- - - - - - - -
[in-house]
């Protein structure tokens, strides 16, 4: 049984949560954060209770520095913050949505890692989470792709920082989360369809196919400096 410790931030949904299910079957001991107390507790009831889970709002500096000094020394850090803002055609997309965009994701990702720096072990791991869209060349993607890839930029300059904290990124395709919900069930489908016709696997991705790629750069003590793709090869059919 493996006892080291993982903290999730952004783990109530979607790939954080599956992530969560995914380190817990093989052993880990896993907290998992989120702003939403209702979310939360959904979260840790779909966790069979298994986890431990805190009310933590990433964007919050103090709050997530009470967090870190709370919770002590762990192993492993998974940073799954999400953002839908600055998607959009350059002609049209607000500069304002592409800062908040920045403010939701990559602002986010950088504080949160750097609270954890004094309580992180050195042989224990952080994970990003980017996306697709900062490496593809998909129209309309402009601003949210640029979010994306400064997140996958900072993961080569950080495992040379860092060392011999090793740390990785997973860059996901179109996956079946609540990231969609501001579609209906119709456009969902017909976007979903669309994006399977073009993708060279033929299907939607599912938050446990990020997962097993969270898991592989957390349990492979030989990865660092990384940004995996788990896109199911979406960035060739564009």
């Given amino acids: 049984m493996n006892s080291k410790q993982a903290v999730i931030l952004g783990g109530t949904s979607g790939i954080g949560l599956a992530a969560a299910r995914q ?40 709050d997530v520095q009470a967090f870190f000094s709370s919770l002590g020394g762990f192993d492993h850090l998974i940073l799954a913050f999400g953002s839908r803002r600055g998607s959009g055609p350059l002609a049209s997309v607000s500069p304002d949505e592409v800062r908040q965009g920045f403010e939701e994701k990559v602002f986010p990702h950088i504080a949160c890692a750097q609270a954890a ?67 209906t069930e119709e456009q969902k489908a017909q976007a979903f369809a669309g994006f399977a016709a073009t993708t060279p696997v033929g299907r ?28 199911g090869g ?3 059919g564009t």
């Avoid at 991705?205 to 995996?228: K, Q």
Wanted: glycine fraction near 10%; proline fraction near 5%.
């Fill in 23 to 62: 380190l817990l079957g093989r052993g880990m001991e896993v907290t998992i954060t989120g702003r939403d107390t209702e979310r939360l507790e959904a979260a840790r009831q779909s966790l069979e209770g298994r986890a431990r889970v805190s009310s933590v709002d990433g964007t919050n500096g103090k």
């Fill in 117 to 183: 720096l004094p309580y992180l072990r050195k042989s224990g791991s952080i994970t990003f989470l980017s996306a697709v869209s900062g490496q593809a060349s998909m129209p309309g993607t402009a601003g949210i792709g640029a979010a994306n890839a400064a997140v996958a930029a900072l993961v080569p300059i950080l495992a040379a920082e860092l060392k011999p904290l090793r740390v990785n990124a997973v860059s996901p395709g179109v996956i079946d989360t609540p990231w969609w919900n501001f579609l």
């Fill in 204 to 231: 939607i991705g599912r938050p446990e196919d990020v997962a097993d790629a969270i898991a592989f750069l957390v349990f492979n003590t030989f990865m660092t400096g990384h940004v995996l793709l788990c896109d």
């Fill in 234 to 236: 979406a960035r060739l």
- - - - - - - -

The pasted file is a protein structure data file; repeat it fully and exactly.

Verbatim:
[in-house]
């Protein structure tokens, strides 16, 4: 049984949560954060209770520095913050949505890692989470792709920082989360369809196919400096 410790931030949904299910079957001991107390507790009831889970709002500096000094020394850090803002055609997309965009994701990702720096072990791991869209060349993607890839930029300059904290990124395709919900069930489908016709696997991705790629750069003590793709090869059919 493996006892080291993982903290999730952004783990109530979607790939954080599956992530969560995914380190817990093989052993880990896993907290998992989120702003939403209702979310939360959904979260840790779909966790069979298994986890431990805190009310933590990433964007919050103090709050997530009470967090870190709370919770002590762990192993492993998974940073799954999400953002839908600055998607959009350059002609049209607000500069304002592409800062908040920045403010939701990559602002986010950088504080949160750097609270954890004094309580992180050195042989224990952080994970990003980017996306697709900062490496593809998909129209309309402009601003949210640029979010994306400064997140996958900072993961080569950080495992040379860092060392011999090793740390990785997973860059996901179109996956079946609540990231969609501001579609209906119709456009969902017909976007979903669309994006399977073009993708060279033929299907939607599912938050446990990020997962097993969270898991592989957390349990492979030989990865660092990384940004995996788990896109199911979406960035060739564009």
């Given amino acids: 049984m493996n006892s080291k410790q993982a903290v999730i931030l952004g783990g109530t949904s979607g790939i954080g949560l599956a992530a969560a299910r995914q ?40 709050d997530v520095q009470a967090f870190f000094s709370s919770l002590g020394g762990f192993d492993h850090l998974i940073l799954a913050f999400g953002s839908r803002r600055g998607s959009g055609p350059l002609a049209s997309v607000s500069p304002d949505e592409v800062r908040q965009g920045f403010e939701e994701k990559v602002f986010p990702h950088i504080a949160c890692a750097q609270a954890a ?67 209906t069930e119709e456009q969902k489908a017909q976007a979903f369809a669309g994006f399977a016709a073009t993708t060279p696997v033929g299907r ?28 199911g090869g ?3 059919g564009t």
């Avoid at 991705?205 to 995996?228: K, Q």
Wanted: glycine fraction near 10%; proline fraction near 5%.
């Fill in 23 to 62: 380190l817990l079957g093989r052993g880990m001991e896993v907290t998992i954060t989120g702003r939403d107390t209702e979310r939360l507790e959904a979260a840790r009831q779909s966790l069979e209770g298994r986890a431990r889970v805190s009310s933590v709002d990433g964007t919050n500096g103090k």
């Fill in 117 to 183: 720096l004094p309580y992180l072990r050195k042989s224990g791991s952080i994970t990003f989470l980017s996306a697709v869209s900062g490496q593809a060349s998909m129209p309309g993607t402009a601003g949210i792709g640029a979010a994306n890839a400064a997140v996958a930029a900072l993961v080569p300059i950080l495992a040379a920082e860092l060392k011999p904290l090793r740390v990785n990124a997973v860059s996901p395709g179109v996956i079946d989360t609540p990231w969609w919900n501001f579609l």
């Fill in 204 to 231: 939607i991705g599912r938050p446990e196919d990020v997962a097993d790629a969270i898991a592989f750069l957390v349990f492979n003590t030989f990865m660092t400096g990384h940004v995996l793709l788990c896109d």
């Fill in 234 to 236: 979406a960035r060739l």